It's almost inevitable: You start a discussion about collaboration and teamwork in the workplace, and someone raises the question of email. Such was the case following a recent discussion about the relative merits of Microsoft Teams against the combined power of Google’s G Suite with a Slack integration. However, there does appear to be a consensus that no matter what anyone says, email isn’t going anywhere.
Collaboration offerings like Teams and Slack are gaining traction in the enterprise. However, despite widespread adoption of both tools, it will be a long time before they become as widely used as email due to a few factors Tim Platt, VP IT business services at Winter Park, Fla.-based Virtual Operations shared:
1. Everyone has an email address. Email has almost 100 percent market penetration. No organization will onboard a new employee tomorrow and not give them email. They might get a Slack or Teams account or they might not, but they certainly will have an email.
2. Email is a vendor neutral interoperable standard. No single company is in charge. You can exchange email with anyone on the planet, through a variety of mechanisms.
3. Email may or may not be cloud hosted. Want to keep very tight control over your emails (or maybe you need to due to government regulations)? You can host your email offering on server, on-premises. This is not an option for Slack and Teams.
4. Email is a well understood concept. Slack and similar solutions still have a way to go in that regard. In fact, despite its traction in the enterprise, research by Kitchener, Ontario-based Igloo indicated only 27 percent of employees say they connect with all of their co-workers on social media while 41 percent of employees use non-sanctioned apps in the workplace because that’s what they use in their personal lives.
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Email Still Has Its Uses
Igloo's State of the Digital Workplace, 2018 (registration required), which was published last June, found while employees are embracing digital tools for communication and collaboration, they still struggle to find the information they need to do their jobs. When they do locate a document, they’re not always sure it’s up to date. Even more concerning, many employees lack confidence in the security of their systems. For enterprises on the digital transformation path, these results reveal significant gaps where new and better solutions are needed.
The research, based on a survey of 1000 workers in US enterprises, also showed the average knowledge worker spends nearly 20 percent of the workweek looking for internal information or tracking down colleagues to help with specific tasks. It’s no surprise, then, that 23 percent of respondents said it would take five to 10 minutes just to access the latest version of a standard template or document. Tracking down a basic brand asset — their own company logo — was similarly complicated, with 31 percent reporting they would use a Google search. The result is many are still reverting to email to share documents across the enterprise.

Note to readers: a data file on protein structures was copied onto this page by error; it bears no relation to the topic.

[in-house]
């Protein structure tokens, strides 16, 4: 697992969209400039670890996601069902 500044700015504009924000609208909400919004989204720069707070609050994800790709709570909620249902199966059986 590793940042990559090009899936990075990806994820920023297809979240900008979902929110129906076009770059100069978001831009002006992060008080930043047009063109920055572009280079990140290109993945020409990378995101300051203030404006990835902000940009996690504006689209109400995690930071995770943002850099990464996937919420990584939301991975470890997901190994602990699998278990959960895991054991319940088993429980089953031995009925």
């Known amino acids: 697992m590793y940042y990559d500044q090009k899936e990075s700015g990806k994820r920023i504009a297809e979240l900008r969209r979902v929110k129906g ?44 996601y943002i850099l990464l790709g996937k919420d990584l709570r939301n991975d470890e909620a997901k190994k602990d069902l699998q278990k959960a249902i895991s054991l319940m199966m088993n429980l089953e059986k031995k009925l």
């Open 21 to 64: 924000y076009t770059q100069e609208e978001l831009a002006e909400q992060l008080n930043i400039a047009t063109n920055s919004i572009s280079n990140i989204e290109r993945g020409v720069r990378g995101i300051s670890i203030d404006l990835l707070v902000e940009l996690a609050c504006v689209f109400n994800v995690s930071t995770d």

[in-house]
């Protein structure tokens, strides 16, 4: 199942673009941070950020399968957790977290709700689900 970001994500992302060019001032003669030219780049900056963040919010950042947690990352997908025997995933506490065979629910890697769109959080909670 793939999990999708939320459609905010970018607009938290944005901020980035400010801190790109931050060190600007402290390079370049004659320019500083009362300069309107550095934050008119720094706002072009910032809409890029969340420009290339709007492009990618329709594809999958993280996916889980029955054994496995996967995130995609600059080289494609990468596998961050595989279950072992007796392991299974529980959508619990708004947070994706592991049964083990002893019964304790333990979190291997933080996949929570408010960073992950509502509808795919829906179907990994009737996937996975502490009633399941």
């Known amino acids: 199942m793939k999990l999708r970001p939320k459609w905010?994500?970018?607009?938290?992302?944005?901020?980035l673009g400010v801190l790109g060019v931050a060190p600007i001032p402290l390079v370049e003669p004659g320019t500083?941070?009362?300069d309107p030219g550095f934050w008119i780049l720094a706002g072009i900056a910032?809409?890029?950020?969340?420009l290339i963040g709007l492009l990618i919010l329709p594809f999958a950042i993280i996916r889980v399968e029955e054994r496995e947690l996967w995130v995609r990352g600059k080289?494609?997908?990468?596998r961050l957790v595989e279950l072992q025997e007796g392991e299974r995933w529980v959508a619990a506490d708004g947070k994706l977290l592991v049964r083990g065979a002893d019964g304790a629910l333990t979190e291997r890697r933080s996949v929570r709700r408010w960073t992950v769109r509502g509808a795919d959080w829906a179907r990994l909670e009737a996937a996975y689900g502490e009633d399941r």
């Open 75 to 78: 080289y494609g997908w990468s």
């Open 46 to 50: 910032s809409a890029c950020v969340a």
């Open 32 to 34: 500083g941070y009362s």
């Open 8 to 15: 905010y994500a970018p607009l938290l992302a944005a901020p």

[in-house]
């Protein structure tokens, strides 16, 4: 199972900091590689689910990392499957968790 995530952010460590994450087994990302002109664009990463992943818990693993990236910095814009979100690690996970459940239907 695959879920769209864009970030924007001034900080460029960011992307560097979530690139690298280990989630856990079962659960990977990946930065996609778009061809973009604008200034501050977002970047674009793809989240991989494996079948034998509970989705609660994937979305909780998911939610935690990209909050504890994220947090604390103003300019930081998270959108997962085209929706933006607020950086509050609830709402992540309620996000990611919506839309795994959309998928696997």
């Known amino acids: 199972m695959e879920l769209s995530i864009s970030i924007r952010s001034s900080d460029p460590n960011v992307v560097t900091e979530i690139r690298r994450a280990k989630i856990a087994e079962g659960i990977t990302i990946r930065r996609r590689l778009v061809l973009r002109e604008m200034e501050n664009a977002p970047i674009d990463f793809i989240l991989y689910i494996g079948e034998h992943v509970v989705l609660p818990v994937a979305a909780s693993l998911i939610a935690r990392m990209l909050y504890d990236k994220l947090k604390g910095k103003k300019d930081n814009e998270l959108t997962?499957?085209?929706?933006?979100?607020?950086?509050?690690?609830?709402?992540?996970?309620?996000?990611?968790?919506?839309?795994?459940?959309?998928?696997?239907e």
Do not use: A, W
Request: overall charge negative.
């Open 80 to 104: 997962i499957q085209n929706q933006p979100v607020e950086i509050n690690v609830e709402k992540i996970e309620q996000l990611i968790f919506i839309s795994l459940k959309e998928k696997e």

Matt Harris, CEO and co-founder of San Francisco-based Sendwithus, argued that while collaboration platforms — chat apps such as Slack and task management apps like Asana — are streamlining internal communications, some tasks are best left to email. “But while these tools may be changing when and how we use email at work, it’s a bit premature to predict the death of email,” he told CMSWire. “Anything of a confidential nature, ‘official’ communications, and messages that require more than a few sentences to explain all suit email better than other channels. And nurturing one-to-one customer relationships, particularly during the sales process, definitely works better via email.”
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Emails Enable Internal Communication
Ketan Kapoor, CEO and co-founder of Gurgaon, India-based Mettl, said digital workplaces today are highly connected, with a lot of to and fro conversations and communication without which no concrete improvement or success can be achieved. These conversations take place via organizational email, social media, networking platforms or messenger.
Of all these, emails remains the most highly used mode of communication inside a workplace. “Emails bring an unparalleled professionalism into the communication and networking space. They carry an authority that is difficult to be beaten by the social media despite the latter's massive success and huge following. The reason lies in social media’s specificity and inclination towards catering to personal connections and communication more,” he said.
If you try reaching people on social media for any professional message, there is high likelihood of being ignored as opposed to a high likelihood that with emails as the mode, it will be more successful. Even if you wish to communicate about a personal event to your professional connections, you use emails to send them invites and notifications.
While email can be distracting and disruptive to everyday workflows, the reality is that its familiarity, standardization across organizations, ability to scale, and its searching and achieving features make it the go-to communications solution across organizations worldwide. There is also a huge opportunity for email to become more useful and provide an experience in line with how employees want to work. Emerging technologies are taking advantage of email being a single aggregation point information and providing employees new types of access to workflows and data through this channel.
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